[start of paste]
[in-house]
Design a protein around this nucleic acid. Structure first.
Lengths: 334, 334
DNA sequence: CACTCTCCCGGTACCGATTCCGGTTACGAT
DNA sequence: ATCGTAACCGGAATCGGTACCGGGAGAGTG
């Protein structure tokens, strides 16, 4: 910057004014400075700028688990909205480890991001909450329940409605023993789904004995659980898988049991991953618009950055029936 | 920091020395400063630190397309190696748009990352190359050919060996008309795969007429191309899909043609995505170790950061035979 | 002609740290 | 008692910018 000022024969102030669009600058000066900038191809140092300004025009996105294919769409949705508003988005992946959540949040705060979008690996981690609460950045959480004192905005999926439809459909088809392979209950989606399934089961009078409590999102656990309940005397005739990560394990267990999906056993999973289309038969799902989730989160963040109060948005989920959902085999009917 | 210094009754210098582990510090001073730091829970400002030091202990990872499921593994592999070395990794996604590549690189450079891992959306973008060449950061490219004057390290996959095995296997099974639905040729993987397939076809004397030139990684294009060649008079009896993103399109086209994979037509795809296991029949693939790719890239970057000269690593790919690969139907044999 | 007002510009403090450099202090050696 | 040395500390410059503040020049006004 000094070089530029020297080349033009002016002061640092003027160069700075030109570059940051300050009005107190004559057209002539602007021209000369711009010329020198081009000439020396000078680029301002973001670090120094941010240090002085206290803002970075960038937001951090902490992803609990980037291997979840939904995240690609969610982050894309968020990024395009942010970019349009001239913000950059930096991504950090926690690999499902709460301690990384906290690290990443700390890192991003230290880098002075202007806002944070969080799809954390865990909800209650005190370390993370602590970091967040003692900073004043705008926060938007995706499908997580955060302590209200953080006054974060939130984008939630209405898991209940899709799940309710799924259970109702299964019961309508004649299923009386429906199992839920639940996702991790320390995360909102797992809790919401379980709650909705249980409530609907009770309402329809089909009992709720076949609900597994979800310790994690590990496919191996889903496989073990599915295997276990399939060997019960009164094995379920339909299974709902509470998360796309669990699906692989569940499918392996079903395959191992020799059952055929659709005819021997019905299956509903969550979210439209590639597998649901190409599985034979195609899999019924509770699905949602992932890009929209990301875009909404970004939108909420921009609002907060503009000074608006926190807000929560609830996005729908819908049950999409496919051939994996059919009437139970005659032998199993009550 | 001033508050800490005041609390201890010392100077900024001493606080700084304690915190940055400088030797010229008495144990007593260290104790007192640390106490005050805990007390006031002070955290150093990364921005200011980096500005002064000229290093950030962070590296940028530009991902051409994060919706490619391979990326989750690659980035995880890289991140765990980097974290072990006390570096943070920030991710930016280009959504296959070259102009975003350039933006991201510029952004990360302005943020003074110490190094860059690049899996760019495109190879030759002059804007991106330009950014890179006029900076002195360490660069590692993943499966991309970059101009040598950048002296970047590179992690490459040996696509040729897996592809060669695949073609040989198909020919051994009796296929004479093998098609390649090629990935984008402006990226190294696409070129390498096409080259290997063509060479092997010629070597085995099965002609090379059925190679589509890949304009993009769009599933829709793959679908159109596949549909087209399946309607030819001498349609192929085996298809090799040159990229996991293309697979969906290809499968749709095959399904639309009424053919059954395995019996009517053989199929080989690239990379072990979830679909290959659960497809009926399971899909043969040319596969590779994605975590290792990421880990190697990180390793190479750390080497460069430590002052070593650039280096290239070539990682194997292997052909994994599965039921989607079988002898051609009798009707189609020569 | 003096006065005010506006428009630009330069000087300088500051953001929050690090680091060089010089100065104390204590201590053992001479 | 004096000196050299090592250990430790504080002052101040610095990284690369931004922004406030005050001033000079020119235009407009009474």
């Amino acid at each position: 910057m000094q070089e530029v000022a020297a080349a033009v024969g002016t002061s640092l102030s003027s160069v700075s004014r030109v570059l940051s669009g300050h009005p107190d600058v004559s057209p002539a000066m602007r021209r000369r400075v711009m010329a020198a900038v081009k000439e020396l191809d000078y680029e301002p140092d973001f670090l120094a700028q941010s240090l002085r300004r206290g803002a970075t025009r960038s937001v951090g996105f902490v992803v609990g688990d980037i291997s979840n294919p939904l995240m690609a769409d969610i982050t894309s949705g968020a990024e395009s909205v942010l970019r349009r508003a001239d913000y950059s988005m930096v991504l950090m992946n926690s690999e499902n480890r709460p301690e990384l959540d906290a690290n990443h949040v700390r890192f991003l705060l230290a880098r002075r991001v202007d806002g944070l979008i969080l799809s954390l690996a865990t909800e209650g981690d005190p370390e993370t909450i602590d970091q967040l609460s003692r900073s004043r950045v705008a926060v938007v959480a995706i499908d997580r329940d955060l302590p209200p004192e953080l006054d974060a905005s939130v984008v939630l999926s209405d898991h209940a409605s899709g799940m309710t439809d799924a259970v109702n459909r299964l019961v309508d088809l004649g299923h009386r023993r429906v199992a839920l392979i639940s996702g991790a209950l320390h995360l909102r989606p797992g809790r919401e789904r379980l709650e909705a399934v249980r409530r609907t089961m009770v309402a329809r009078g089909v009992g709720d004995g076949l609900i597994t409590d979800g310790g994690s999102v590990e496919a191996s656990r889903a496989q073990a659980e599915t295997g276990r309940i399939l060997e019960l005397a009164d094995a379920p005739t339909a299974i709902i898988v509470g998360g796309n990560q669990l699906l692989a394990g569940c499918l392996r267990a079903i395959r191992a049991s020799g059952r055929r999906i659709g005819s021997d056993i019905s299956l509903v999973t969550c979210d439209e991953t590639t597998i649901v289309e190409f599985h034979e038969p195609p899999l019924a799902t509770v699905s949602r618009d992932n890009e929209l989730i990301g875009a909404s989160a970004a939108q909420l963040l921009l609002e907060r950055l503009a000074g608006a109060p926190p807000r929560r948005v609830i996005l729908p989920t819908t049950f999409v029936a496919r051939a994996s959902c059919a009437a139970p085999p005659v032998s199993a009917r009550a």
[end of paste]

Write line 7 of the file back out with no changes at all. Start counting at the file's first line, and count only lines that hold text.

């Amino acid at each position: 910057m000094q070089e530029v000022a020297a080349a033009v024969g002016t002061s640092l102030s003027s160069v700075s004014r030109v570059l940051s669009g300050h009005p107190d600058v004559s057209p002539a000066m602007r021209r000369r400075v711009m010329a020198a900038v081009k000439e020396l191809d000078y680029e301002p140092d973001f670090l120094a700028q941010s240090l002085r300004r206290g803002a970075t025009r960038s937001v951090g996105f902490v992803v609990g688990d980037i291997s979840n294919p939904l995240m690609a769409d969610i982050t894309s949705g968020a990024e395009s909205v942010l970019r349009r508003a001239d913000y950059s988005m930096v991504l950090m992946n926690s690999e499902n480890r709460p301690e990384l959540d906290a690290n990443h949040v700390r890192f991003l705060l230290a880098r002075r991001v202007d806002g944070l979008i969080l799809s954390l690996a865990t909800e209650g981690d005190p370390e993370t909450i602590d970091q967040l609460s003692r900073s004043r950045v705008a926060v938007v959480a995706i499908d997580r329940d955060l302590p209200p004192e953080l006054d974060a905005s939130v984008v939630l999926s209405d898991h209940a409605s899709g799940m309710t439809d799924a259970v109702n459909r299964l019961v309508d088809l004649g299923h009386r023993r429906v199992a839920l392979i639940s996702g991790a209950l320390h995360l909102r989606p797992g809790r919401e789904r379980l709650e909705a399934v249980r409530r609907t089961m009770v309402a329809r009078g089909v009992g709720d004995g076949l609900i597994t409590d979800g310790g994690s999102v590990e496919a191996s656990r889903a496989q073990a659980e599915t295997g276990r309940i399939l060997e019960l005397a009164d094995a379920p005739t339909a299974i709902i898988v509470g998360g796309n990560q669990l699906l692989a394990g569940c499918l392996r267990a079903i395959r191992a049991s020799g059952r055929r999906i659709g005819s021997d056993i019905s299956l509903v999973t969550c979210d439209e991953t590639t597998i649901v289309e190409f599985h034979e038969p195609p899999l019924a799902t509770v699905s949602r618009d992932n890009e929209l989730i990301g875009a909404s989160a970004a939108q909420l963040l921009l609002e907060r950055l503009a000074g608006a109060p926190p807000r929560r948005v609830i996005l729908p989920t819908t049950f999409v029936a496919r051939a994996s959902c059919a009437a139970p085999p005659v032998s199993a009917r009550a």